Lack of concern with risk to sprint goal

Last post 10:04 am July 28, 2015
by David Denham
3 replies
03:28 pm July 27, 2015

During standup a team member let the team know the sprint goal may slip because he's running behind on his tasks - as he is a designer nobody else can step to help - he's not too concerned about the risk. As a scrum master, how would you recommend approaching this lack of concern - retrospective / other?

07:10 pm July 27, 2015

Raise the issue in sprint retrospective is the baseline.

During the sprint:
Let PO know the issue as he is accountable for the value and risks of the product.

Co-work with DT to identify the risk and coach them that they are a cross-functional, self-organized.

The SM must know the real mind of "nobody else can step to help" is a attitude issue or skill issue.

For a attitude issue, coach them.

For a skill issue, maybe the other teammates could not step to do the designing task directly, they could help some tasks relatated to design, such as layout, UI component, etc. This is a learning process of DT.

06:12 am July 28, 2015

Do some exploration into the root cause of why he’s running behind his tasks, there may be bigger underlying problems there.

1) Organise a one-on-one meeting to talk through what he understands the “Sprint commit” to be, and self-organisation of teams. This is a good coaching opportunity on core Agile and scrum principles.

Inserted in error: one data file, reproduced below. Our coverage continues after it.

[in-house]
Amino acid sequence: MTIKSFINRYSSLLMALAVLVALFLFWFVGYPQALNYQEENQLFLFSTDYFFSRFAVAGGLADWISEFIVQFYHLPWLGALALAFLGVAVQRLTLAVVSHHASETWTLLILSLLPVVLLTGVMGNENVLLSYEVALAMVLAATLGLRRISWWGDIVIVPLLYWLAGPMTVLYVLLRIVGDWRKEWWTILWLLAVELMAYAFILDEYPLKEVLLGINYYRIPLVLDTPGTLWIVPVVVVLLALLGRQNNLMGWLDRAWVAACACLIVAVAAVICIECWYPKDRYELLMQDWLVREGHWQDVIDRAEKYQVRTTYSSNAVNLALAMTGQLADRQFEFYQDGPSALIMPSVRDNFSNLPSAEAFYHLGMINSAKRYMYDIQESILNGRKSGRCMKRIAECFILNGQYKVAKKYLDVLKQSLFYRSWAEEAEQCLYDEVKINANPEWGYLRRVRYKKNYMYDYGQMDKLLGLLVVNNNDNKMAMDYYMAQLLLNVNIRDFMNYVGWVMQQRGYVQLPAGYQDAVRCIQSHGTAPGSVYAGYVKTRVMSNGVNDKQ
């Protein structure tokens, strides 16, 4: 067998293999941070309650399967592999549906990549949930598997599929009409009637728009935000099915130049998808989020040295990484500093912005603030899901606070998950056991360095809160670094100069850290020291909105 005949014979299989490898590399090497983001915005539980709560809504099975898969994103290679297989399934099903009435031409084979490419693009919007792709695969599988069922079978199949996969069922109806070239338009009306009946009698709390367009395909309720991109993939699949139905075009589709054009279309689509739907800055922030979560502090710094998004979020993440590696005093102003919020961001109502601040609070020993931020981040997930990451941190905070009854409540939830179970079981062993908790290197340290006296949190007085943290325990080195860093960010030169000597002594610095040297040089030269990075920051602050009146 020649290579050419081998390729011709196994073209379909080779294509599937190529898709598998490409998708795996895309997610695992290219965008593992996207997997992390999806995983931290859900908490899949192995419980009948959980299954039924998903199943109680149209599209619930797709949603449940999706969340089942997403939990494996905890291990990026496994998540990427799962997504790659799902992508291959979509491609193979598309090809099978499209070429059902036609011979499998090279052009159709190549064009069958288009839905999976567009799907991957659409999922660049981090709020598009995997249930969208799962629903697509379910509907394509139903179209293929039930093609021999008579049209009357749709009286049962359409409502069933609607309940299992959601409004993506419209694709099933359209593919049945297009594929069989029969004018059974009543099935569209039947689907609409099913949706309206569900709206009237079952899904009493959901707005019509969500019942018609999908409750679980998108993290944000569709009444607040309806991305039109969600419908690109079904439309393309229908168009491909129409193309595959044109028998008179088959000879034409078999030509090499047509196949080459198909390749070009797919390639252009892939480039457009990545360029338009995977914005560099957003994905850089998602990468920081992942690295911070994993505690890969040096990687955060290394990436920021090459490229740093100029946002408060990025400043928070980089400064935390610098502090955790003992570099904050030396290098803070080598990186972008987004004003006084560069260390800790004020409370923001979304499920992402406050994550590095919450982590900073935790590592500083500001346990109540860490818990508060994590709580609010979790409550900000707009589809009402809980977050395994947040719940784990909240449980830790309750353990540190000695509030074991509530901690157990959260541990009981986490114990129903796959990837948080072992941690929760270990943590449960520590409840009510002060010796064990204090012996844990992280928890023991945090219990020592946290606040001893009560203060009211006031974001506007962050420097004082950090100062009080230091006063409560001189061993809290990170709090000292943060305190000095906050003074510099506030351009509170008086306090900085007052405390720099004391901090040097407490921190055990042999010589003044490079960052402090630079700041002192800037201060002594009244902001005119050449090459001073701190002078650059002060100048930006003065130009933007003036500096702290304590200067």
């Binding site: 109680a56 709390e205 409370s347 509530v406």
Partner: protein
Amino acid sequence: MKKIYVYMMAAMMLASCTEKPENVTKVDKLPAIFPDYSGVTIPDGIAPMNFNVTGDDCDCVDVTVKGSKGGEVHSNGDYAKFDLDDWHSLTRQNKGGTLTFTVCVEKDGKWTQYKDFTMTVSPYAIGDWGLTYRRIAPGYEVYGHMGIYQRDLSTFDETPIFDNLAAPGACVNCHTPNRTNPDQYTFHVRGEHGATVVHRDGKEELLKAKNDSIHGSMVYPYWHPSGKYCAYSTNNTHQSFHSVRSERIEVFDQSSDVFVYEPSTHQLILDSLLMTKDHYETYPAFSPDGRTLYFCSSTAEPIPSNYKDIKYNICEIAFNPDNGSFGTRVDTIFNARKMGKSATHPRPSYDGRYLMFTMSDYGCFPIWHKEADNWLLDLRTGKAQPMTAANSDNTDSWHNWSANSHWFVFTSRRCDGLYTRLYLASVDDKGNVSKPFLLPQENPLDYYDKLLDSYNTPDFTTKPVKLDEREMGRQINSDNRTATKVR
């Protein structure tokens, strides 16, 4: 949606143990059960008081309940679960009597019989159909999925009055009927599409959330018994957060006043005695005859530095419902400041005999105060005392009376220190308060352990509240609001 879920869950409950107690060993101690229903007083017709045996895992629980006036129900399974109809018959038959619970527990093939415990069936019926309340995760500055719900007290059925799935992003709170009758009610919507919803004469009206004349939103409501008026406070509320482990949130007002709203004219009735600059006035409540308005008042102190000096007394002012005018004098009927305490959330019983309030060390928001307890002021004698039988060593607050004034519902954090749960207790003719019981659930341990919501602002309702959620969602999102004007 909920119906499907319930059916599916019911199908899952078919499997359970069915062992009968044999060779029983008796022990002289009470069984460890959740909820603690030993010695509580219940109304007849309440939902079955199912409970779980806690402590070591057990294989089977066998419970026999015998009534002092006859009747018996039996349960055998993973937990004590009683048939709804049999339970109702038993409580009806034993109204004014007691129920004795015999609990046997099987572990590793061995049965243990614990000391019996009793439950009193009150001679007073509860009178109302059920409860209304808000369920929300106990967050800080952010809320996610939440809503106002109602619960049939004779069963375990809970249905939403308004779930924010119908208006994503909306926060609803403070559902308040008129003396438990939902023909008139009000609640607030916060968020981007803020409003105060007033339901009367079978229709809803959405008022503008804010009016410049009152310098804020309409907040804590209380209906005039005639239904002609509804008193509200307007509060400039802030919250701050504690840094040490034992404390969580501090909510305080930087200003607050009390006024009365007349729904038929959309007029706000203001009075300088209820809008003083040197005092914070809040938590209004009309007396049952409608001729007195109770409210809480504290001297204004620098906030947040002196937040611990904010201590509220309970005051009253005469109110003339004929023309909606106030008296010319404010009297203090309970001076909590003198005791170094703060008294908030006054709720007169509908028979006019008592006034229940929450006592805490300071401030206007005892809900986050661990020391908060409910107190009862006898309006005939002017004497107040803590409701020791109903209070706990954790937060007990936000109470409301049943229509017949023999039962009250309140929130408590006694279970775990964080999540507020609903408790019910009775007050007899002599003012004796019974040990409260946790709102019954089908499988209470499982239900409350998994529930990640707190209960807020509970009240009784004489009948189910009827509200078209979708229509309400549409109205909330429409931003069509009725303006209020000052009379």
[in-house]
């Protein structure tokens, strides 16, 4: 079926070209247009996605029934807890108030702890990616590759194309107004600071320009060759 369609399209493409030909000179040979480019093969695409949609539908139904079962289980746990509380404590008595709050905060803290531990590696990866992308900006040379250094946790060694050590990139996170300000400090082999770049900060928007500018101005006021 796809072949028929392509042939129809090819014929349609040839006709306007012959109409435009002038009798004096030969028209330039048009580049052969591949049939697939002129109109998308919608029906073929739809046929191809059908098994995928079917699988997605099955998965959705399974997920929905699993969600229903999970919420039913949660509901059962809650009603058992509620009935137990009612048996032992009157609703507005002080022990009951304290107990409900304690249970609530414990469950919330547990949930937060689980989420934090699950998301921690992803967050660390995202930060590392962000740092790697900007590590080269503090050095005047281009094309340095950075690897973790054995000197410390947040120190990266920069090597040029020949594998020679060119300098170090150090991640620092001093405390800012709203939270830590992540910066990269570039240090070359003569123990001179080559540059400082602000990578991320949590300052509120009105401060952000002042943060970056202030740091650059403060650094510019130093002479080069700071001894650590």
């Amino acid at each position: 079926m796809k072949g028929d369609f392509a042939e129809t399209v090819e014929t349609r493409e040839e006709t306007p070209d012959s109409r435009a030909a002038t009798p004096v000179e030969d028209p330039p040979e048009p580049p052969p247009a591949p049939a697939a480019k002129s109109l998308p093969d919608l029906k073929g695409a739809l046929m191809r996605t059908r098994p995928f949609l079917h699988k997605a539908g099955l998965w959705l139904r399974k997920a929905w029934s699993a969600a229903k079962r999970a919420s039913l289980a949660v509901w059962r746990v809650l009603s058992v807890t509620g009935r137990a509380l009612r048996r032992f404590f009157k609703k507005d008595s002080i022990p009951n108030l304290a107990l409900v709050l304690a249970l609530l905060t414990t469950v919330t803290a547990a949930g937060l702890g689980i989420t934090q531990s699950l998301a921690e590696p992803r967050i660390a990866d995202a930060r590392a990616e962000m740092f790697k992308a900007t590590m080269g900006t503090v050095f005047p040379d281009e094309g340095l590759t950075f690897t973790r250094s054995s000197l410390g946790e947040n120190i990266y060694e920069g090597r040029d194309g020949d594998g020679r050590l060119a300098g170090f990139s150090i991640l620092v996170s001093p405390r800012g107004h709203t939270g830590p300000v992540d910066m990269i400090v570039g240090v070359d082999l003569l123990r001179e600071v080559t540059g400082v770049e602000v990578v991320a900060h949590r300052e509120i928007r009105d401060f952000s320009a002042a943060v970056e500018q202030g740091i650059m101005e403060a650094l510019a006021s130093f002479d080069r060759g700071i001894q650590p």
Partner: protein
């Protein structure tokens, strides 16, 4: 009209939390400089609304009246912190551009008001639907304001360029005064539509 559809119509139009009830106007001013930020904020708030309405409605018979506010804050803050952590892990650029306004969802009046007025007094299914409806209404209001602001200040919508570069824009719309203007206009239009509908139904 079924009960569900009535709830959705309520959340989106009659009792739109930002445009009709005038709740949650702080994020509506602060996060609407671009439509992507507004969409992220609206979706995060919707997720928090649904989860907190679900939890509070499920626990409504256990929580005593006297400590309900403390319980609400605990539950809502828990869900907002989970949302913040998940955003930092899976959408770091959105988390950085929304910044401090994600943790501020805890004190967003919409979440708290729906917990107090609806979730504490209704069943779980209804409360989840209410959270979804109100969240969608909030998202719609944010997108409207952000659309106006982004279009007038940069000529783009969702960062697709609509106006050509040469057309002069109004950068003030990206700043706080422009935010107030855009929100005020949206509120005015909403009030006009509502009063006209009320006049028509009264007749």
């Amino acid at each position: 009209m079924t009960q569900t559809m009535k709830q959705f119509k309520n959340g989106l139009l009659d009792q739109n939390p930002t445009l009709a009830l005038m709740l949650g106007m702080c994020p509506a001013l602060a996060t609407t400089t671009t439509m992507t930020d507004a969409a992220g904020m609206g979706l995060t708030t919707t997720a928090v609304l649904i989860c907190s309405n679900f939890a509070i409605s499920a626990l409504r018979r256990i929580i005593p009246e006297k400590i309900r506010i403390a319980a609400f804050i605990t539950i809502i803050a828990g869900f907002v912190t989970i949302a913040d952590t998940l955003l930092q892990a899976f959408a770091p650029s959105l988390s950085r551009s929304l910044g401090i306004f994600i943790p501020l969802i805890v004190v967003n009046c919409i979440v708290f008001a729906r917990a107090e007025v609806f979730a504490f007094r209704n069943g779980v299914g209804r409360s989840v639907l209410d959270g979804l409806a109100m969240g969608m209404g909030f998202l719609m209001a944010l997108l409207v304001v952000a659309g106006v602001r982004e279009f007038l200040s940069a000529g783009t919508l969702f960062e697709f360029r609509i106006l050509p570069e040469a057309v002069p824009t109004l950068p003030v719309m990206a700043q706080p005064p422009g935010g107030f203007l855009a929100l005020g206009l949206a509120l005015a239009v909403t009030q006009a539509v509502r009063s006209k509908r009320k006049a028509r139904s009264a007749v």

2) Try to dig deeper into his design estimation process. Design can sometimes be a bottleneck. What is the demand by the team on him?

3) Would a “definition of ready” for UX and design help? Think through any customer data required, design principles/concepts, feature maps, style guide, brand guide, component guides etc. Work with the PO to help shape these as it needs wider business engagement. Having these in place can speed up design processes and other team members could potentially pick up design tasks helping to tackle the cross-functional aspects of teams.

4) UX and design processes require creativity and can be difficult to timebox. Try to get the designers to look ahead working as part of the user story refinement process and release planning, working one sometimes two sprints ahead of the development team allowing for creativity, reducing risk and increasing predictability in project delivery.


10:03 am July 28, 2015

Thank you guys. I have lots of food for thought with your answers. Definitely re-looking at our Definition of Ready and re-visiting Sprint Commit and estimation could help here.

We already design ahead of the developers, but I agree this is a good way of giving the designers space to be creative.